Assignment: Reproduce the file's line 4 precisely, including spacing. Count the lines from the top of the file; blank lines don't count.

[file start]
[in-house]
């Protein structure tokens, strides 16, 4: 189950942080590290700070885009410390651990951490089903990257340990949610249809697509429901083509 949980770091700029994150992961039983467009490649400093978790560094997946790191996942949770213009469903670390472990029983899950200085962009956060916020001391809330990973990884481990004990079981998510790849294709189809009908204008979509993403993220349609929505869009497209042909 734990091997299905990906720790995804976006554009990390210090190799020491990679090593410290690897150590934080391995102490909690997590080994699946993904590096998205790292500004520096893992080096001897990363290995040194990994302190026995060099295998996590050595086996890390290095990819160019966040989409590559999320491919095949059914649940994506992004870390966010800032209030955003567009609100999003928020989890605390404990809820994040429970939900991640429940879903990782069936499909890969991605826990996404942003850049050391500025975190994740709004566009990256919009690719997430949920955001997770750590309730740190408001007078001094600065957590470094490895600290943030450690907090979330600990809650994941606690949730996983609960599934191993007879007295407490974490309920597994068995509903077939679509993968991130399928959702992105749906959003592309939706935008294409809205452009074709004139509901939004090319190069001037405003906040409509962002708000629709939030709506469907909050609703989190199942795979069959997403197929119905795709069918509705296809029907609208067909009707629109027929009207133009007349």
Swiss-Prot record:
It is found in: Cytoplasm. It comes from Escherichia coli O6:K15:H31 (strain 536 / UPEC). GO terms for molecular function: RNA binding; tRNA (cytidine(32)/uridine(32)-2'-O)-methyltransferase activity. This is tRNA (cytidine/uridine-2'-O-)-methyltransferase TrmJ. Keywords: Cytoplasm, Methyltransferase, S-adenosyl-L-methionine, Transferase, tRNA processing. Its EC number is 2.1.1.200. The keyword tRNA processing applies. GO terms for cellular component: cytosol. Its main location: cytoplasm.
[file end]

It is found in: Cytoplasm. It comes from Escherichia coli O6:K15:H31 (strain 536 / UPEC). GO terms for molecular function: RNA binding; tRNA (cytidine(32)/uridine(32)-2'-O)-methyltransferase activity. This is tRNA (cytidine/uridine-2'-O-)-methyltransferase TrmJ. Keywords: Cytoplasm, Methyltransferase, S-adenosyl-L-methionine, Transferase, tRNA processing. Its EC number is 2.1.1.200. The keyword tRNA processing applies. GO terms for cellular component: cytosol. Its main location: cytoplasm.